Written By Geoffrey Gorman - Art Career Advisor
“The art trade is a discreet, unregulated, and highly fragmented industry. Auction specialists and dealers who have been in the business for decades cannot pin down how many art dealers exist or the breadth of worldwide annual sales.”
--ARTnews January 2000
The art world is bursting apart. It has literally fragmented into pieces—and turned on its head until it is unrecognizable. All signs predict it will continue its headlong course, exploding well into the next decades.
What does it mean for the artist? It means a lot--more than most are prepared for. It means that artists are being forced to take on new roles and change the way they think about themselves and the way they conduct the business of art. The phenomenon fueling the change is quite simply the current proliferation of artists, most of whom dream of one day exhibiting in a gallery. But the dream is increasingly difficult to realize. Already, the world is seeing successful artists serve as their own gallery dealers, their own museum curators, their own publicity firms and all-round promoters. Artists have to wade through the choices offered by Internet galleries and artist-run web sites. It means they have to learn to be their own business managers. And it means they have to move far beyond the traditional gallery-artist relationship because they will have to market their work directly to their clients, while developing a working association with museums and galleries.
First, develop a positive attitude. This means you must go beyond some of the myths that are still perpetuated in the art world. These myths prevent you from reaching your goals. Here are three of these myths. Myth No. 1: I have “sold out” if I take over the marketing and promotion of my art career. Truly successful artists no longer think this way. They can’t afford to if they want to succeed. Myth No. 2: I will be discovered. Gone are the days of artists being discovered while hidden away in their studios. Artists now have to have a more visible, consistent presence in the art world. Myth No. 3: Society owes me a living. People in the art world are not interested in artists who think they don’t have to do anything but create art.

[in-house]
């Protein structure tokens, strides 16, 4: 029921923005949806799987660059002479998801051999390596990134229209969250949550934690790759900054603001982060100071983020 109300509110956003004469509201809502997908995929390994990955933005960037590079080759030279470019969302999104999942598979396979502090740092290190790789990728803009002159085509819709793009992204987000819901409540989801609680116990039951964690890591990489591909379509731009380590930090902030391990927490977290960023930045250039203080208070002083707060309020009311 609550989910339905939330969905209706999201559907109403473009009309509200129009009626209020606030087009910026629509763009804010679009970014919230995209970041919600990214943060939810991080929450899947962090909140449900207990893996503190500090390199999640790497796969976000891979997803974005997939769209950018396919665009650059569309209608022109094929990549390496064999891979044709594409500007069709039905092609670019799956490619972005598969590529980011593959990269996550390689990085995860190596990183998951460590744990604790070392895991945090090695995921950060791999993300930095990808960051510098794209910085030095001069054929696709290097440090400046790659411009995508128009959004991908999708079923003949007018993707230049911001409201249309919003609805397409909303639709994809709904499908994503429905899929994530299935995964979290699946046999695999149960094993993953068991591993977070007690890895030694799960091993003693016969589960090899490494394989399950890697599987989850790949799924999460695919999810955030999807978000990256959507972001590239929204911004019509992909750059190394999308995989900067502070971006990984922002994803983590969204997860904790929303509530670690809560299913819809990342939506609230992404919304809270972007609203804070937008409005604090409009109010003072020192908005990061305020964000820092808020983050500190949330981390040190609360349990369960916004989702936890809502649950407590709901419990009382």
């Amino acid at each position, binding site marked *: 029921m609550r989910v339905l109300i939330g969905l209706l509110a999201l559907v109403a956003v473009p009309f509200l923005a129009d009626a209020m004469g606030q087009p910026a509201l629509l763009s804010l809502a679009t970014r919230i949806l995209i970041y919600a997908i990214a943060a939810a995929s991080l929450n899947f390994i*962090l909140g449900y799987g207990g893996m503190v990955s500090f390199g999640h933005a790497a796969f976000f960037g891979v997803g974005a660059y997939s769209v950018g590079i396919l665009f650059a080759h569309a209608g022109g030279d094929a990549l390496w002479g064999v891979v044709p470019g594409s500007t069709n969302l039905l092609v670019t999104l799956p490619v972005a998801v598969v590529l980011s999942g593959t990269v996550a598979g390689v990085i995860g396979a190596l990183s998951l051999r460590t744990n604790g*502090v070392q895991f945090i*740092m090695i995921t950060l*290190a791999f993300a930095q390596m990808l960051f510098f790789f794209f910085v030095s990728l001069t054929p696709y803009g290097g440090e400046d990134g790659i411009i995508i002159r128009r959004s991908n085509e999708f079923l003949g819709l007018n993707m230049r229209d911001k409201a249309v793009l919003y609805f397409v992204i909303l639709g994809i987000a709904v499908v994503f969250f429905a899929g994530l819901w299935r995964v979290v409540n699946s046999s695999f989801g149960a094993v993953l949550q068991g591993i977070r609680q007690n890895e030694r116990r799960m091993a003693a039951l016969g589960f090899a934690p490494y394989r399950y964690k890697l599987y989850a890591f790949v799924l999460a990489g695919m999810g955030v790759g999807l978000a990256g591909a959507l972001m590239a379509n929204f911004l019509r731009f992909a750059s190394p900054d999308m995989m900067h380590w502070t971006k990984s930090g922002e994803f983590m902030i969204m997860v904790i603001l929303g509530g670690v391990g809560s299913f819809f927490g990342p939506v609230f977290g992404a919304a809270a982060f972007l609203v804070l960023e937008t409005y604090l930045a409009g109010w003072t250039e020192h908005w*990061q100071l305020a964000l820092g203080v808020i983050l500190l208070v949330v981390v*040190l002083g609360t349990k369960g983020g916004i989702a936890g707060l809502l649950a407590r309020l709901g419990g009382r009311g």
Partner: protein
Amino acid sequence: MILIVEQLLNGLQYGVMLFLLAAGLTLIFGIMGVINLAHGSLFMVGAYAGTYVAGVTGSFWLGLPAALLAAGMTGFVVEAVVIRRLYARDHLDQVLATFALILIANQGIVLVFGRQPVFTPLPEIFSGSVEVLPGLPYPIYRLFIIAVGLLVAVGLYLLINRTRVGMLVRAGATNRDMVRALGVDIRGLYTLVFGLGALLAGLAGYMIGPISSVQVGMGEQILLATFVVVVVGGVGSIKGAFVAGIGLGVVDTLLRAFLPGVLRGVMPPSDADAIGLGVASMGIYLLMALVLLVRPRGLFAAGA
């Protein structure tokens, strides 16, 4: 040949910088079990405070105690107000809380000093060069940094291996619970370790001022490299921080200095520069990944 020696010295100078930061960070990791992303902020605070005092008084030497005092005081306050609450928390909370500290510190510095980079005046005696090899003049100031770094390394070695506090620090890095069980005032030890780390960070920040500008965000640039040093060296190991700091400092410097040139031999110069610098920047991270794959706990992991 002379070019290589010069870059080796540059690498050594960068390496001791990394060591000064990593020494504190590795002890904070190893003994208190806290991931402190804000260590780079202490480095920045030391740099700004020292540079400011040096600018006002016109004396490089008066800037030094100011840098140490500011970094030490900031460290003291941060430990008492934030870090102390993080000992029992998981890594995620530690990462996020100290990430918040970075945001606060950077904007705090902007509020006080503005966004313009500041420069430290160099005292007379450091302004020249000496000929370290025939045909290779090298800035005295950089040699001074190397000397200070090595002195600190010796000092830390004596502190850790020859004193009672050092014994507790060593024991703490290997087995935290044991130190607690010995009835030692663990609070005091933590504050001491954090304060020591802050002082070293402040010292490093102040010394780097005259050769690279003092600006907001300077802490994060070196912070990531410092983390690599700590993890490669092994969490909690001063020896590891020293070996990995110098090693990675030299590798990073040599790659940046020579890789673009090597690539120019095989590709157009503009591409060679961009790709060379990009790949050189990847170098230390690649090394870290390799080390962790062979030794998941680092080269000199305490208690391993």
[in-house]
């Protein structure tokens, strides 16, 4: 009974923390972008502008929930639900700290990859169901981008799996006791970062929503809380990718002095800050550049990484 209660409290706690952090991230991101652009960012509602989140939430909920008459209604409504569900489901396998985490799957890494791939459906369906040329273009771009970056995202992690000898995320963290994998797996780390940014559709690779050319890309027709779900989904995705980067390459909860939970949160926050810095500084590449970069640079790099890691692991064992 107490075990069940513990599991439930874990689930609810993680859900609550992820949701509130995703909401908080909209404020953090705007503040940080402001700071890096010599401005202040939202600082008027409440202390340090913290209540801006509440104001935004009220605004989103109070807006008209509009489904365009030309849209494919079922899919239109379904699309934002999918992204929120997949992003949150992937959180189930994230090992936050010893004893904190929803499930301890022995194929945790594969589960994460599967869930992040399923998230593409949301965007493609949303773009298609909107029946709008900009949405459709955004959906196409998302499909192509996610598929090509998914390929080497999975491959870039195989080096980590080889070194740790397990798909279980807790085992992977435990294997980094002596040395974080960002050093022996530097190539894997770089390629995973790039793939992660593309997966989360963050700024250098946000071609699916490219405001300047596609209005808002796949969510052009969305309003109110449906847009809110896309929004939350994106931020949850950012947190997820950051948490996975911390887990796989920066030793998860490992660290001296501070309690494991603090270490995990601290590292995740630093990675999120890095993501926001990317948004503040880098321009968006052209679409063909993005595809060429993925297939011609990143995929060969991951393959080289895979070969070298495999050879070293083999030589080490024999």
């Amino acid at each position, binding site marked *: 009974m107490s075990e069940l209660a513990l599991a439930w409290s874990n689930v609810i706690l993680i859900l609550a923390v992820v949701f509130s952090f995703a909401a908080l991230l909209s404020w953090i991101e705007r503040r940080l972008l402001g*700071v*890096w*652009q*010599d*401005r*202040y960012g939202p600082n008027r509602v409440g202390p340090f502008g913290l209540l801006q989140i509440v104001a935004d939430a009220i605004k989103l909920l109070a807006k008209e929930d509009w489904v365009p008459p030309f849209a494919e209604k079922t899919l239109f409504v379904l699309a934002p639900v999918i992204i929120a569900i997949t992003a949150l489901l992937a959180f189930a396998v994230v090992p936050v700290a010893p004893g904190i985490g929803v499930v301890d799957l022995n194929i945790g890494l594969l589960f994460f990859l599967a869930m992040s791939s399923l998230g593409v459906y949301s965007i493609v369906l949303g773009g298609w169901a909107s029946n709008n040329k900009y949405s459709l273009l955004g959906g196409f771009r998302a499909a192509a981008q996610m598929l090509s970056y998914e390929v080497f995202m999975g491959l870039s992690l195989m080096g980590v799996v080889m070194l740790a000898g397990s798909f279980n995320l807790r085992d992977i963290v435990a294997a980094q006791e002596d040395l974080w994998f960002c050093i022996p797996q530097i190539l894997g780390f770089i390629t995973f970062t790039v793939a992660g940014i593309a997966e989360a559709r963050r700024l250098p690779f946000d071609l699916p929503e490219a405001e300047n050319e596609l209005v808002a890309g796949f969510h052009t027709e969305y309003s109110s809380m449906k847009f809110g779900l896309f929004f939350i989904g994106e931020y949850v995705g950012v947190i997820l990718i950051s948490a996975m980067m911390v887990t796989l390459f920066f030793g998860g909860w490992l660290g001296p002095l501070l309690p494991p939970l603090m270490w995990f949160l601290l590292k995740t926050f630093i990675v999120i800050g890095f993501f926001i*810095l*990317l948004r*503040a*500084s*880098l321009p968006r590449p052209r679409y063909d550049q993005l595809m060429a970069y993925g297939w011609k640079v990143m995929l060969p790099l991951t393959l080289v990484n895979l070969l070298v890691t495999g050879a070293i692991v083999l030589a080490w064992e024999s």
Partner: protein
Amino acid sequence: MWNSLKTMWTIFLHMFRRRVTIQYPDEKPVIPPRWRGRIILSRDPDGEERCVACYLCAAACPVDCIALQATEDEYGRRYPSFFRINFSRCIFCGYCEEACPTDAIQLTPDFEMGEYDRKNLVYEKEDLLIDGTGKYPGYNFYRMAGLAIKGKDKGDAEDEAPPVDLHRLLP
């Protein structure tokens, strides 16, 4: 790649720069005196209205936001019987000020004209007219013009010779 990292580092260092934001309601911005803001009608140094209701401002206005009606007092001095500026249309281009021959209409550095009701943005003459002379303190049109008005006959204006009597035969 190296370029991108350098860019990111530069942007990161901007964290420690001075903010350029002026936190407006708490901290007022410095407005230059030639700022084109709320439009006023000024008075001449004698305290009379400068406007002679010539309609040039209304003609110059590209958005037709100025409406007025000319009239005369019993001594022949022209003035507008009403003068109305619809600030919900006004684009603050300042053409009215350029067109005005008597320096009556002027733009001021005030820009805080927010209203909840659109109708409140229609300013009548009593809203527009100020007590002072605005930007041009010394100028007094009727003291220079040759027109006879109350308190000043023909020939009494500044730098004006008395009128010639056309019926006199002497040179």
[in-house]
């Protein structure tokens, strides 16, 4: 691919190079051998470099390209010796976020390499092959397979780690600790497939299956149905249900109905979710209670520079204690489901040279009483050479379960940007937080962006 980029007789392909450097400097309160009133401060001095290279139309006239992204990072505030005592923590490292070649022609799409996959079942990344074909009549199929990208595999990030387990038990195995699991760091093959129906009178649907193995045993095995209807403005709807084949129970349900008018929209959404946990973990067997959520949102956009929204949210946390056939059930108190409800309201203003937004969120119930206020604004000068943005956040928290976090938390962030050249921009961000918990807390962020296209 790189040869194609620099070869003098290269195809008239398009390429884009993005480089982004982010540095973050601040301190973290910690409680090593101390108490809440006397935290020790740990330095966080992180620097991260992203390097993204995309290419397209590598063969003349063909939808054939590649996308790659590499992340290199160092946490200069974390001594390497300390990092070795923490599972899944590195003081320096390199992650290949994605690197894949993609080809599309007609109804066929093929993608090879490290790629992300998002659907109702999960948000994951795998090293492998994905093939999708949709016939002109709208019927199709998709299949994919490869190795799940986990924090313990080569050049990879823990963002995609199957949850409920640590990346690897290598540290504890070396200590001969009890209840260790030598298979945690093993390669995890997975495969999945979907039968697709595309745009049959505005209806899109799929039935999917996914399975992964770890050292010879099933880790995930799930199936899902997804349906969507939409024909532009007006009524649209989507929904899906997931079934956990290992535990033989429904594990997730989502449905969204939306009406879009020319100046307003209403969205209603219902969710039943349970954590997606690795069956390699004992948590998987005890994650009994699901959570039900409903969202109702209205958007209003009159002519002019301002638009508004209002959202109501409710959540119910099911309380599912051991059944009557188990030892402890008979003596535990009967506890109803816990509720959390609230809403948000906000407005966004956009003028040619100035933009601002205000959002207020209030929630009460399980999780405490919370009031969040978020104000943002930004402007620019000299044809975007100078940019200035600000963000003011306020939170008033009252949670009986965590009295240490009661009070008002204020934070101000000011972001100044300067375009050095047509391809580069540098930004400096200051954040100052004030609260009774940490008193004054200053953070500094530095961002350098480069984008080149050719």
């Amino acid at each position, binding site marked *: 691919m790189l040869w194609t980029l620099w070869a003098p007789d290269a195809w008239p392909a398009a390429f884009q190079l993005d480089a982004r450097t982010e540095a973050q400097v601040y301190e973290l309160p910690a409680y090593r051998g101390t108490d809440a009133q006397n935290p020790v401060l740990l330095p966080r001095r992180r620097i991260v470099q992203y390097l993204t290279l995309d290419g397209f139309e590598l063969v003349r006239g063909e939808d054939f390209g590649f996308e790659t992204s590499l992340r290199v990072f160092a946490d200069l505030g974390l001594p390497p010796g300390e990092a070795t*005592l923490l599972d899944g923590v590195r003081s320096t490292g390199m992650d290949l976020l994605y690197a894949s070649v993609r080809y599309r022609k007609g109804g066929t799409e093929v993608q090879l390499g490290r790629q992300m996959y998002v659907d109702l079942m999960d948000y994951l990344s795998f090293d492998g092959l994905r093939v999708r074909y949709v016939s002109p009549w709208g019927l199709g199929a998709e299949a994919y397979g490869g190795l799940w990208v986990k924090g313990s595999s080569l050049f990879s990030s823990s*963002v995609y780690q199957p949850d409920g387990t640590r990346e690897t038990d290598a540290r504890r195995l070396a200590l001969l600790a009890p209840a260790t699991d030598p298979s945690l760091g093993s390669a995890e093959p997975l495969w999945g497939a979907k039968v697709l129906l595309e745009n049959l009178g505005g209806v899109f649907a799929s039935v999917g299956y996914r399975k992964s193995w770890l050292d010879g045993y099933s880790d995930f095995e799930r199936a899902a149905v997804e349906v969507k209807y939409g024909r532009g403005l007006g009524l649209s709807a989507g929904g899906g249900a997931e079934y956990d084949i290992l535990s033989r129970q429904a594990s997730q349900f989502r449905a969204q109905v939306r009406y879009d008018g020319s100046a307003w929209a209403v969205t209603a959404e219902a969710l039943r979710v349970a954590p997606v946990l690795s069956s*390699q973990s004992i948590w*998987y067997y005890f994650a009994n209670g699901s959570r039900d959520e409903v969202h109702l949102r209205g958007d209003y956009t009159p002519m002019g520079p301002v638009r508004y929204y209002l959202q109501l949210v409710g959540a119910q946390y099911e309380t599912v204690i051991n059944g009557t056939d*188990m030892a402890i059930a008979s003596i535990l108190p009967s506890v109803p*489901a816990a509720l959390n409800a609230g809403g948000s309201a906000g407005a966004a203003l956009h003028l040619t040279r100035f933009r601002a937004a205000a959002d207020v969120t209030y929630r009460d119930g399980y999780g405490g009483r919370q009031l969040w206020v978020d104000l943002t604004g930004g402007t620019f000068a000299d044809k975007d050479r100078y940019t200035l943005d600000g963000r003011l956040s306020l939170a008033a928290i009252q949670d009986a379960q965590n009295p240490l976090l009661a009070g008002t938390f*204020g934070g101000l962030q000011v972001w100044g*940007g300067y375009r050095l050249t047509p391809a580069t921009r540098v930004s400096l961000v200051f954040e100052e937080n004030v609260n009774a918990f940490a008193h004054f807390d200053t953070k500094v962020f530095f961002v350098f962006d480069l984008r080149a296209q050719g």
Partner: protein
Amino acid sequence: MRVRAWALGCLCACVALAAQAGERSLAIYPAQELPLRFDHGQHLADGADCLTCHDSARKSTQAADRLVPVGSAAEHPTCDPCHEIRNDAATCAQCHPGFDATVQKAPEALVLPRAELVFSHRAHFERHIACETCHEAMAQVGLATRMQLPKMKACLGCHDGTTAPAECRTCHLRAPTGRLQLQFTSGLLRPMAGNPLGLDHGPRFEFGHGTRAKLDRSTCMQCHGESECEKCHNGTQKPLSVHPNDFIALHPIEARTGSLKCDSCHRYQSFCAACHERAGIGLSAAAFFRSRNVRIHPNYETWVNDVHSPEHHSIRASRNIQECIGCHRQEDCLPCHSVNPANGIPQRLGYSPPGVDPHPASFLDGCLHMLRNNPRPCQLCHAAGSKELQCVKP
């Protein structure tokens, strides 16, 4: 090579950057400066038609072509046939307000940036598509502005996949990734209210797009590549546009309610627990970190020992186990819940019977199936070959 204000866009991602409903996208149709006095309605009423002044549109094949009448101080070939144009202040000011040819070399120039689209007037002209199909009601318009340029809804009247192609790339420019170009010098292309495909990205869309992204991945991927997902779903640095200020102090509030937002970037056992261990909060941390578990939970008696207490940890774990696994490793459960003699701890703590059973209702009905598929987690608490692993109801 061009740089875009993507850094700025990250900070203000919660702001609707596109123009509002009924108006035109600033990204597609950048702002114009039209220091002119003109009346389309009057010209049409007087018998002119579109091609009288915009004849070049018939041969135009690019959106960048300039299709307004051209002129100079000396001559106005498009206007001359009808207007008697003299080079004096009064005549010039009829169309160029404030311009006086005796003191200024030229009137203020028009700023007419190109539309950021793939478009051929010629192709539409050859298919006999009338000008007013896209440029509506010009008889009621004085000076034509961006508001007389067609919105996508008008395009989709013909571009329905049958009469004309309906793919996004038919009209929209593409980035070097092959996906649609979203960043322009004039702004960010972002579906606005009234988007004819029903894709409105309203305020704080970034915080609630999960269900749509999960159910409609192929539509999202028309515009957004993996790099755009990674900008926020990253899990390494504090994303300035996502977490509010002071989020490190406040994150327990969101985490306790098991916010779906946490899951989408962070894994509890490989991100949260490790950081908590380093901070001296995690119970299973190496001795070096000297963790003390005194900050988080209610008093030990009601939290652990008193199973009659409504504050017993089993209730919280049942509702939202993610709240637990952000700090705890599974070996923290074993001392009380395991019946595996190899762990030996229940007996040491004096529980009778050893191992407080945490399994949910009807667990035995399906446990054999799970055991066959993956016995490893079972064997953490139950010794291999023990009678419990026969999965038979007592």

But a positive attitude alone is not enough. You need to develop a game plan or road map. Consider these three steps:
1. Define your goals. Give serious thought to what you want to achieve with your artwork, such as lifestyle, income, and level of recognition. Where do you want to be in six months, one year, five years, 10 years? Be honest about your goals because if you are to reach them, they must be realistic.
2. Develop a strategy. You must formulate a marketing plan that ensures that collectors, museums, gallery dealers, and arts writers will see your work. The plan should look at both short- and long-term strategies.
3. Implement the plan! Once you have designed a strategy to achieve your goals, break it down into day-to-day activities. Set aside at least one day a week to work on your plan. Also look at what it will take to continue to implement the plan.
Rebecca Bluestone, a Santa Fe-based fiber artist, followed this very kind of planning, and it has contributed to her success, she says. She exhibits her work both locally and throughout the country. Her show at a local gallery this summer was acclaimed--and profitable--and she has just completed a large commission for the new courthouse in Albuquerque.
“It took me several years to figure how important a well-defined strategy is for my art career,” Bluestone said recently. “I am interested in long-term success. I work with both the public and private sectors of the art world. I have to be organized and look at my schedule years in advance. If I didn’t have my game plan, I don’t think I could have gotten this far.”
In addition to planning a strategy, you need to take your creativity out of your studio and use it to plan novel ways to market your work.